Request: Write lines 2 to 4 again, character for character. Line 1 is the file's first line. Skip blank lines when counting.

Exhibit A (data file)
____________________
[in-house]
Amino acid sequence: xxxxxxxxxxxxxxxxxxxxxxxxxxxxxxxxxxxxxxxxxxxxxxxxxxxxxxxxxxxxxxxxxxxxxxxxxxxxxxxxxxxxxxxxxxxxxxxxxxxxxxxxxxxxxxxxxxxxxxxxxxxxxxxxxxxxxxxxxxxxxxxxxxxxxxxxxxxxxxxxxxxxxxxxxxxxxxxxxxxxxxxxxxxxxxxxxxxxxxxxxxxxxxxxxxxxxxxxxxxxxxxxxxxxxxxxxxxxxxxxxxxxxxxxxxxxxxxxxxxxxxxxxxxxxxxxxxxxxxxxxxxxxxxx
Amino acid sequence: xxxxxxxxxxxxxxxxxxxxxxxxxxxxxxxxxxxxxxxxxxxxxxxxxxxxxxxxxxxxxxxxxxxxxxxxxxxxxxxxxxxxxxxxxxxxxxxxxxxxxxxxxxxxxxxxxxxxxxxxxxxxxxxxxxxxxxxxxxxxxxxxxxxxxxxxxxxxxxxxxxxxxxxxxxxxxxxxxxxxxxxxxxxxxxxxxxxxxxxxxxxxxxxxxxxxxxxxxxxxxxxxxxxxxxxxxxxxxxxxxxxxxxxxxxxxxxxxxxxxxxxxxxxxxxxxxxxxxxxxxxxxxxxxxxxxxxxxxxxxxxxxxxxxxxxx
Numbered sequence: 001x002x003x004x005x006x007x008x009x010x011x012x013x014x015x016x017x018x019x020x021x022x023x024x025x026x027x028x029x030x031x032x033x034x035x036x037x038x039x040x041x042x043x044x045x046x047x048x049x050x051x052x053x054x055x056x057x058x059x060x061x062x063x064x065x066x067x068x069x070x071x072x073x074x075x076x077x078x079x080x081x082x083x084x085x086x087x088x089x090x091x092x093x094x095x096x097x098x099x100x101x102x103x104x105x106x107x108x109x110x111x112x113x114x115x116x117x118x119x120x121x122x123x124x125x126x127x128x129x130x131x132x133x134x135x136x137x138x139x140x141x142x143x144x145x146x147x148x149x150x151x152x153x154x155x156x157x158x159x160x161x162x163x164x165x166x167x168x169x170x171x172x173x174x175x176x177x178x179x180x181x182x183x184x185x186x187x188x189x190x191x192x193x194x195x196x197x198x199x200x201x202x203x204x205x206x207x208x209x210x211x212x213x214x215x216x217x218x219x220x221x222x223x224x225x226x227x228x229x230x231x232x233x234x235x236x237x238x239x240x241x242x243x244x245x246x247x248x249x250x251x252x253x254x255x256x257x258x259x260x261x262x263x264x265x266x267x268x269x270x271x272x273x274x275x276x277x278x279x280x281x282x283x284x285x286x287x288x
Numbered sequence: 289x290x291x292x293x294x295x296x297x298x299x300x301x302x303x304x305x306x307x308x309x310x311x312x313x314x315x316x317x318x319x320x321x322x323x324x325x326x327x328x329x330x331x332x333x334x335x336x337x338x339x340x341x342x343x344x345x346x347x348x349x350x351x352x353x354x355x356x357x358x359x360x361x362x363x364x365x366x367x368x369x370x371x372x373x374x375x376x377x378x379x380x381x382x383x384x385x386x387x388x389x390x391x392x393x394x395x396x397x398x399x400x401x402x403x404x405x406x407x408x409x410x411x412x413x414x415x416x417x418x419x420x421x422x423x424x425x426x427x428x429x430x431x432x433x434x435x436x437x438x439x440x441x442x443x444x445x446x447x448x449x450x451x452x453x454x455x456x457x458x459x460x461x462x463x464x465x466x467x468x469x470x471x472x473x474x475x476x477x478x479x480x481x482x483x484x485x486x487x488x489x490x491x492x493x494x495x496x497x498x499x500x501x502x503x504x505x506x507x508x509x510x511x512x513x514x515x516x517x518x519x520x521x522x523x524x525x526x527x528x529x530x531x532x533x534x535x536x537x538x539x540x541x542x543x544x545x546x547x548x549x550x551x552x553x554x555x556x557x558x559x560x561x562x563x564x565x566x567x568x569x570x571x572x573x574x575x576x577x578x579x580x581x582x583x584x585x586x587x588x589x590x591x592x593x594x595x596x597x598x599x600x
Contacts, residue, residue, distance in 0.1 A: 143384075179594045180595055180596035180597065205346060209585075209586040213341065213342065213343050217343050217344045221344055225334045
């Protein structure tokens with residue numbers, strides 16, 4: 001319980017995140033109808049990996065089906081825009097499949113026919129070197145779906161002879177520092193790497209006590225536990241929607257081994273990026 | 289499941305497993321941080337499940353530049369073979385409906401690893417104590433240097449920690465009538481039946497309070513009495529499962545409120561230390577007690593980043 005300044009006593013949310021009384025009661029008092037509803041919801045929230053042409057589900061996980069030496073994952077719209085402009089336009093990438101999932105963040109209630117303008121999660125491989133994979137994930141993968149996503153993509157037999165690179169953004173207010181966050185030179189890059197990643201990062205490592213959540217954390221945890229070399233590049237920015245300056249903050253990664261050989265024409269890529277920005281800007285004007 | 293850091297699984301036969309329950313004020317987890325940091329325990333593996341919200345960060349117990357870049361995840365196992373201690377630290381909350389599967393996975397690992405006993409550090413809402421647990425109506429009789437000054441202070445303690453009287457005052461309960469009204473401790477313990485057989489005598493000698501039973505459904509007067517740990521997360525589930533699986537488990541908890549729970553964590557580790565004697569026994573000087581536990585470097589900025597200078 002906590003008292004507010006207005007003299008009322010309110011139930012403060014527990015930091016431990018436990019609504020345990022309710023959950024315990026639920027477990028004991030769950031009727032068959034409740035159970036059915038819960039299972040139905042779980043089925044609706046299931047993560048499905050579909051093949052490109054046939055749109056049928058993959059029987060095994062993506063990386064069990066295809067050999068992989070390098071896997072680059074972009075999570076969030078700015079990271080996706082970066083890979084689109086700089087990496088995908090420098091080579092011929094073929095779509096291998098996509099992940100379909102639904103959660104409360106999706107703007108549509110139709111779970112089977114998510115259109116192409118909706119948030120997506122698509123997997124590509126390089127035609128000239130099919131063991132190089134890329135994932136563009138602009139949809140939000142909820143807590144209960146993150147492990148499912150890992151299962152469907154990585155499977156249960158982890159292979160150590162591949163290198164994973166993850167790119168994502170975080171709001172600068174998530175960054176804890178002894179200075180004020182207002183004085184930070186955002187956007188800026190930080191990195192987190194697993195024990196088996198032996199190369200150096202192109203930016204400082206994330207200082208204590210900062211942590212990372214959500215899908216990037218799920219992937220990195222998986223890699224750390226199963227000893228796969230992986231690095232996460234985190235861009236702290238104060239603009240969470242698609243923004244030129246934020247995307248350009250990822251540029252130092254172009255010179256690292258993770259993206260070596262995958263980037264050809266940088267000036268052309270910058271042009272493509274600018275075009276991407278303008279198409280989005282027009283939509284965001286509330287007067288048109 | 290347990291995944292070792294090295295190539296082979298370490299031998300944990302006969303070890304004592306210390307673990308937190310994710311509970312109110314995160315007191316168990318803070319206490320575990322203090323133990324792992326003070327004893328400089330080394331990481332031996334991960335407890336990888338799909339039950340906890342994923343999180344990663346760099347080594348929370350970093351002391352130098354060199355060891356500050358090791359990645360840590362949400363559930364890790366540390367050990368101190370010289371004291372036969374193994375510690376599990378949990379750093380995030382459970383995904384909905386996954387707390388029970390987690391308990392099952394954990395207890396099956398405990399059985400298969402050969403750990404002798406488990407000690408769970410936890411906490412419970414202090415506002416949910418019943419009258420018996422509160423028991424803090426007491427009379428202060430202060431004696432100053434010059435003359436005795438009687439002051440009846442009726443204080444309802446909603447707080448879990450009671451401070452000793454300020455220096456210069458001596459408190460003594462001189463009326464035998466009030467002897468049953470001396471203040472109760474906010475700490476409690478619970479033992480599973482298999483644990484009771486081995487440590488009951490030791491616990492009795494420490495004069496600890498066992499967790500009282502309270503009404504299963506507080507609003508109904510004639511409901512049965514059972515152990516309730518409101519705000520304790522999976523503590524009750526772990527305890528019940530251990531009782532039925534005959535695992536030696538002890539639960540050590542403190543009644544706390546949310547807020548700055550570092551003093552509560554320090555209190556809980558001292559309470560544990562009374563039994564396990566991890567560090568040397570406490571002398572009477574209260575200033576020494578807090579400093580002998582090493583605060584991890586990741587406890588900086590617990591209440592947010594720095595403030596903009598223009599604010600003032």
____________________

Amino acid sequence: xxxxxxxxxxxxxxxxxxxxxxxxxxxxxxxxxxxxxxxxxxxxxxxxxxxxxxxxxxxxxxxxxxxxxxxxxxxxxxxxxxxxxxxxxxxxxxxxxxxxxxxxxxxxxxxxxxxxxxxxxxxxxxxxxxxxxxxxxxxxxxxxxxxxxxxxxxxxxxxxxxxxxxxxxxxxxxxxxxxxxxxxxxxxxxxxxxxxxxxxxxxxxxxxxxxxxxxxxxxxxxxxxxxxxxxxxxxxxxxxxxxxxxxxxxxxxxxxxxxxxxxxxxxxxxxxxxxxxxxxxxxxxxxx
Amino acid sequence: xxxxxxxxxxxxxxxxxxxxxxxxxxxxxxxxxxxxxxxxxxxxxxxxxxxxxxxxxxxxxxxxxxxxxxxxxxxxxxxxxxxxxxxxxxxxxxxxxxxxxxxxxxxxxxxxxxxxxxxxxxxxxxxxxxxxxxxxxxxxxxxxxxxxxxxxxxxxxxxxxxxxxxxxxxxxxxxxxxxxxxxxxxxxxxxxxxxxxxxxxxxxxxxxxxxxxxxxxxxxxxxxxxxxxxxxxxxxxxxxxxxxxxxxxxxxxxxxxxxxxxxxxxxxxxxxxxxxxxxxxxxxxxxxxxxxxxxxxxxxxxxxxxxxxxxx
Numbered sequence: 001x002x003x004x005x006x007x008x009x010x011x012x013x014x015x016x017x018x019x020x021x022x023x024x025x026x027x028x029x030x031x032x033x034x035x036x037x038x039x040x041x042x043x044x045x046x047x048x049x050x051x052x053x054x055x056x057x058x059x060x061x062x063x064x065x066x067x068x069x070x071x072x073x074x075x076x077x078x079x080x081x082x083x084x085x086x087x088x089x090x091x092x093x094x095x096x097x098x099x100x101x102x103x104x105x106x107x108x109x110x111x112x113x114x115x116x117x118x119x120x121x122x123x124x125x126x127x128x129x130x131x132x133x134x135x136x137x138x139x140x141x142x143x144x145x146x147x148x149x150x151x152x153x154x155x156x157x158x159x160x161x162x163x164x165x166x167x168x169x170x171x172x173x174x175x176x177x178x179x180x181x182x183x184x185x186x187x188x189x190x191x192x193x194x195x196x197x198x199x200x201x202x203x204x205x206x207x208x209x210x211x212x213x214x215x216x217x218x219x220x221x222x223x224x225x226x227x228x229x230x231x232x233x234x235x236x237x238x239x240x241x242x243x244x245x246x247x248x249x250x251x252x253x254x255x256x257x258x259x260x261x262x263x264x265x266x267x268x269x270x271x272x273x274x275x276x277x278x279x280x281x282x283x284x285x286x287x288x